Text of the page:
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Gore Criticizes Media for Turning Its Collective Back on Him, Democrats

Former Vice President Al Gore blasted the media Wednesday in a lengthy New York Observer interview, saying that the mainstream press has no mechanism to bring back Americans brainwashed by conservative outlets.

"The media is kind of weird these days on politics, and there are some major institutional voices that are, truthfully speaking, part and parcel of the Republican Party," Gore said in an interview scheduled in the middle of his national book tour.

Gore criticized some media specifically as biased.

"Fox News Network, The Washington Times, Rush Limbaugh — there's a bunch of them, and some of them are financed by wealthy ultra-conservative billionaires who make political deals with Republican administrations and the rest of the media," he said. 

A journalist in Vietnam before entering politics, Gore suggested that objective news is being undermined and some media don't even see it. He compared the reporting of conservative views now to the reporting of communist views during the McCarthy era, when a so-called fifth column of subversive journalists inserted pro-communist propaganda into their reporting.

"Most of the media [has] been slow to recognize the pervasive impact of this fifth column in their ranks. That is, day after day, injecting the daily Republican talking points into the definition of what's objective," he said.

Hillary Clinton called it a vast right-wing conspiracy; Gore said it begins at the Republican National Committee and turns into an "echo chamber."

"And pretty soon, they'll start baiting the mainstream media for allegedly ignoring the story they've pushed into the zeitgeist."

Websters Dictionary defines zeitgeist as the general intellectual, moral and cultural climate of an era. Gore accuses so-called mainstream media of going along with the conservative conspiracy.

"And then pretty soon the mainstream media goes out and disingenuously takes a so-called objective sampling, and lo and behold, these RNC talking points are woven into the fabric of the zeitgeist."

Gore's criticisms follow those by outgoing Sen. Tom Daschle, D-S.D., the outgoing majority leader, who complained on the last day of the 107th session that conservative talk shows like Rush Limbaugh's had created an environment that was not only increasingly negative but had led to threats against him and his family.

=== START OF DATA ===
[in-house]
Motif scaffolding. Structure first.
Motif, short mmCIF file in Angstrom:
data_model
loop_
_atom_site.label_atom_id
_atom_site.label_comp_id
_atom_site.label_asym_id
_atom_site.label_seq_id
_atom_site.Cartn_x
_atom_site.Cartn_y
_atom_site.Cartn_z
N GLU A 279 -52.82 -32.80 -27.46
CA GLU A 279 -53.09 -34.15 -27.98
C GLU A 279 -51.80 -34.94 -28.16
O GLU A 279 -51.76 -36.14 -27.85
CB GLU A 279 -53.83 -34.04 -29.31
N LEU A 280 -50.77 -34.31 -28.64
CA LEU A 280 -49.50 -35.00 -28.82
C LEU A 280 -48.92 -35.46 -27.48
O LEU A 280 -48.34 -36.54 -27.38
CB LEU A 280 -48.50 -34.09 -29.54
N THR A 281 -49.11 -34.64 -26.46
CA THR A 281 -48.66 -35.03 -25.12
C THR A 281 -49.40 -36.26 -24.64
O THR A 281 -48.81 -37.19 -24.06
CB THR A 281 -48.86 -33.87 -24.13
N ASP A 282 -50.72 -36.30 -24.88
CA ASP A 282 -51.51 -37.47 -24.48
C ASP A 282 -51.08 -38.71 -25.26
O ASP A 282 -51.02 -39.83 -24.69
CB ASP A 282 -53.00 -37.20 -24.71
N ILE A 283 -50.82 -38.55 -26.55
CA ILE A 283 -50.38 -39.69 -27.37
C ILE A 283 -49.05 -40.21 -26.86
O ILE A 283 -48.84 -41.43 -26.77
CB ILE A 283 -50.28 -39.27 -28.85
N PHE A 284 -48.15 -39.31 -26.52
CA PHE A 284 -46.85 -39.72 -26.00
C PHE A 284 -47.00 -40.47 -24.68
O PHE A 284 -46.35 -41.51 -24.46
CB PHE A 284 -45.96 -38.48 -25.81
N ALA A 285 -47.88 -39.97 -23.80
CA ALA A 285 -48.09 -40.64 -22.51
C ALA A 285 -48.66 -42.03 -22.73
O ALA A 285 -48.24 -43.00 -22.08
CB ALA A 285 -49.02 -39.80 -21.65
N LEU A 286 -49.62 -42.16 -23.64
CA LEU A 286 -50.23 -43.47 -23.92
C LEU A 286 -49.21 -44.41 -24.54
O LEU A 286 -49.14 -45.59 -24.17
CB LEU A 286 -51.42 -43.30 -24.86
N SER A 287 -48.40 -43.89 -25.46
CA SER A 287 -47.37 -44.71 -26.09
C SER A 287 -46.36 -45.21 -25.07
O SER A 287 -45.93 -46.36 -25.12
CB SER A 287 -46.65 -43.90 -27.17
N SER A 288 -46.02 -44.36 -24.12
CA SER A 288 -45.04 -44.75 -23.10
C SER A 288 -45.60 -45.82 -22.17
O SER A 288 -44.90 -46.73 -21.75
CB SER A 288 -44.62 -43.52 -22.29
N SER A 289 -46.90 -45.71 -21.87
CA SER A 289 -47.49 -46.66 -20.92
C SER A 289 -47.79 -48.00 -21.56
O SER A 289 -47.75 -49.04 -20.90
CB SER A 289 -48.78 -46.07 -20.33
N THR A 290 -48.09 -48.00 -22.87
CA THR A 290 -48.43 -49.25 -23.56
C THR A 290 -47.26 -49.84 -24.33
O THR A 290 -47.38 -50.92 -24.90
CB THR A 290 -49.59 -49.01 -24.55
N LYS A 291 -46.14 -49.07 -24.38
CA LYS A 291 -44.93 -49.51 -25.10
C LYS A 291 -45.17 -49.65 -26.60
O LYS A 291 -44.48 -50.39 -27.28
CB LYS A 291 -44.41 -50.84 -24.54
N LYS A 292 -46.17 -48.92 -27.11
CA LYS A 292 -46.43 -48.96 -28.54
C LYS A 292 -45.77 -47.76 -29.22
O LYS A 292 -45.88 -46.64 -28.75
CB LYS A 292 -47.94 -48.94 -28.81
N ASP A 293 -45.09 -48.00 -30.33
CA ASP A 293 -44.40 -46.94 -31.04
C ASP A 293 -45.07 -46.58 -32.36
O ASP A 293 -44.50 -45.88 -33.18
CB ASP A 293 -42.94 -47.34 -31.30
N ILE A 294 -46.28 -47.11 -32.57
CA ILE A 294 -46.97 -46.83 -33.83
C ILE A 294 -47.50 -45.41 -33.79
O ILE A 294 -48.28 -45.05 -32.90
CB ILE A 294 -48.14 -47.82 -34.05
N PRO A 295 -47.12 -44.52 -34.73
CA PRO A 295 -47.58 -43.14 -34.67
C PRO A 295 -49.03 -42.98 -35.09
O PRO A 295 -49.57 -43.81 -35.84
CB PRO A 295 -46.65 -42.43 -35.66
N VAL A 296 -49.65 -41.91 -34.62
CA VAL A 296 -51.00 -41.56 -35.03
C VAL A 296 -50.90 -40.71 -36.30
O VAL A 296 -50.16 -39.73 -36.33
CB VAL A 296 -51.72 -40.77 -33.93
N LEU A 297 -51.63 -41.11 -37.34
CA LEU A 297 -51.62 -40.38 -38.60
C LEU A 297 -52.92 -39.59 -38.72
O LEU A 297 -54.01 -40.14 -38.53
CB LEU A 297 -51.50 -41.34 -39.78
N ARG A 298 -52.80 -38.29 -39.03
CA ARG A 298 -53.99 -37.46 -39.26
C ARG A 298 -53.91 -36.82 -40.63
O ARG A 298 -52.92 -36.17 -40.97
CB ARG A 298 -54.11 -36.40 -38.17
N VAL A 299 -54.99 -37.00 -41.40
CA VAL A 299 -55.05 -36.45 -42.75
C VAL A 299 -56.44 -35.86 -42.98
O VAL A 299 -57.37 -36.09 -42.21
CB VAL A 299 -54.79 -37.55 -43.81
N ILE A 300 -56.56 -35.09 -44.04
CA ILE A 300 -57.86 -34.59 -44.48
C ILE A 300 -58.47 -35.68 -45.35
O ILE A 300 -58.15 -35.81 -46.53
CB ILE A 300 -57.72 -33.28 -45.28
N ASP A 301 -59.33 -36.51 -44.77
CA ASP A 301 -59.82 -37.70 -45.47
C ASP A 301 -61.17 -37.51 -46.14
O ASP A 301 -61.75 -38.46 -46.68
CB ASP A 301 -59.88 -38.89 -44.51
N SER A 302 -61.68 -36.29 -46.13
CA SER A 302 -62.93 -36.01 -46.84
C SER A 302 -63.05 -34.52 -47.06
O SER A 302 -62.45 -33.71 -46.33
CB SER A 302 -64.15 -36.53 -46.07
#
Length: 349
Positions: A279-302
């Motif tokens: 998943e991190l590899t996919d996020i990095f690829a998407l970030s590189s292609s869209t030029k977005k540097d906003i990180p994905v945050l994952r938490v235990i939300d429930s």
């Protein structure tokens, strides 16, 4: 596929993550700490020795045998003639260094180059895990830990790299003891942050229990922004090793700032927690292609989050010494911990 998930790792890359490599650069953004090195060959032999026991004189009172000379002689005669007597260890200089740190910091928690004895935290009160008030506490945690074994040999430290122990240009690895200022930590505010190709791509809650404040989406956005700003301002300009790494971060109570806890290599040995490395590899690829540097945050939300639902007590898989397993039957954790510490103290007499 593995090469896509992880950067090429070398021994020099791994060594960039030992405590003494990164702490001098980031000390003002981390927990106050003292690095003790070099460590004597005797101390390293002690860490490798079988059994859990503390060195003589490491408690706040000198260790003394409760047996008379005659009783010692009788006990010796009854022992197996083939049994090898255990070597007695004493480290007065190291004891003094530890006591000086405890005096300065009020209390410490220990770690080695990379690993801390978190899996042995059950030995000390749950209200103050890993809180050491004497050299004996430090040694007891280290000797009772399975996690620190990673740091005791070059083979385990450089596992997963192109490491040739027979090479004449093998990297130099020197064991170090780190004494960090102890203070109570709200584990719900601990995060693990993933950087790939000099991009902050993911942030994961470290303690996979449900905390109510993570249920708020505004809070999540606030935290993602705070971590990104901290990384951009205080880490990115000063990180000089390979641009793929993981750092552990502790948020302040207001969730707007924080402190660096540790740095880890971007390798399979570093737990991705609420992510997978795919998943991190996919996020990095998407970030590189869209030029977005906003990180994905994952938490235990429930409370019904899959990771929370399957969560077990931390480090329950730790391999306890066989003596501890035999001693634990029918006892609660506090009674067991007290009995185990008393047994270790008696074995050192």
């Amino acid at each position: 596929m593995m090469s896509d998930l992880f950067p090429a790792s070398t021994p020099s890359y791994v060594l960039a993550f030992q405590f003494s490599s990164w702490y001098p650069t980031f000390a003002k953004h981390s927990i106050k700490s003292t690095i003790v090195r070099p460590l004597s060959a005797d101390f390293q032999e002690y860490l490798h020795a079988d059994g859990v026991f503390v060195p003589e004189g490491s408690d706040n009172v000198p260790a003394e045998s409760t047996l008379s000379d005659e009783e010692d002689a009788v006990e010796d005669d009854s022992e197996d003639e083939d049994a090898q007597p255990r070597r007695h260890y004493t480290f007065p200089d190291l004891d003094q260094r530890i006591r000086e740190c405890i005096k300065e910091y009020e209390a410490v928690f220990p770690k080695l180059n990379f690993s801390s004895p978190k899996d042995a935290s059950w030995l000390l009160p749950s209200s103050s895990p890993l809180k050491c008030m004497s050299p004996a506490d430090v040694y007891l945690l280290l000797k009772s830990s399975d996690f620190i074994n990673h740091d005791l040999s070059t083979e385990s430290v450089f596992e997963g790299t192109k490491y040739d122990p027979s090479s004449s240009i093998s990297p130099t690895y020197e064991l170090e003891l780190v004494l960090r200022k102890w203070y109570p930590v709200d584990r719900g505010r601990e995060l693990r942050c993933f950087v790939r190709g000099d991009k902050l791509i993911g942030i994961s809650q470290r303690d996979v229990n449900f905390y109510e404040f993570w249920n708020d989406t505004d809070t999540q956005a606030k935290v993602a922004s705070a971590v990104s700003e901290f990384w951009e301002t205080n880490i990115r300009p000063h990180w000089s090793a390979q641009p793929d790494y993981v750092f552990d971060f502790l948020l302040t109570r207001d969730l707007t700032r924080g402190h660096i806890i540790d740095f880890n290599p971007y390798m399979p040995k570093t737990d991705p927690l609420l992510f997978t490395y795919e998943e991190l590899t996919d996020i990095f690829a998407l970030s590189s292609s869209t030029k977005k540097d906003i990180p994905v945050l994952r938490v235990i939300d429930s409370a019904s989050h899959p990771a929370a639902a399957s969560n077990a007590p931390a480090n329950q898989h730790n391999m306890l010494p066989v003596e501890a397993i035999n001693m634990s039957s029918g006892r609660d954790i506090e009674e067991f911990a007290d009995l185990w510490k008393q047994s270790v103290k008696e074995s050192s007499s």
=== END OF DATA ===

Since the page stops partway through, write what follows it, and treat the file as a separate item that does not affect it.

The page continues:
"We see this in foreign countries and we think, 'Well, my God, how can this religious fundamentalism become so violent?' It's that same shrill rhetoric, the same shrill power that motivates. Someone says something and then it becomes a little more shrill next time, and then more shrill the next time. Pretty soon, it's a foment that becomes physical in addition to just verbal, and that's happening in this country," Daschle said.

The White House, which had tried to stay out of the debate last week, said earlier this week that Daschle was making an ill comparison.

"It is not appropriate to compare fundamentalism abroad with people in America who hold deep views about legitimate, democratic, political dialogue," said White House Press Secretary Ari Fleischer. "It's not accurate or is it appropriate to draw a connection between fundamentalism that leads to terrorism abroad and Americans on either side of political debate who may hold deeply held views in the finest of peaceful American traditions in which we are free to clash over ideas."

For his part, Limbaugh responded that since the sudden growth in popularity for conservative talk shows and the equal airing of views on cable news, Democrats are themselves brain-washed that a "right-wing conspiracy" exists.

"They don't refute the issues that we stand for. They don't refute the points we make. They just attack us personally, and now Fox and all this other media, they get challenged. They had a free run for all those years with the mainstream press just parroting whatever they said, and those days are over," Limbaugh said.

But Gore stands by his assertions, even though he acknowledges that criticism of him is not limited to any particular media outlets, and frequently comes from many within his party. He said he will keep it in mind if he decides to run again, a decision he said that he won't make publicly before the New Year.

"I'm well aware that the political insiders and political-journalism community have a considerable amount of influence, and even though I'm stronger at the grassroots level, I think that if I did run again, I would have to convince those two groups that I've learned enough in the last couple of years to run a better campaign than I did last time. I don't think that there's a thing that I could say and no words I could choose that could accomplish that. The way to convince them would be in actually doing it," he said. 

Fox News' Carl Cameron contributed to this report.

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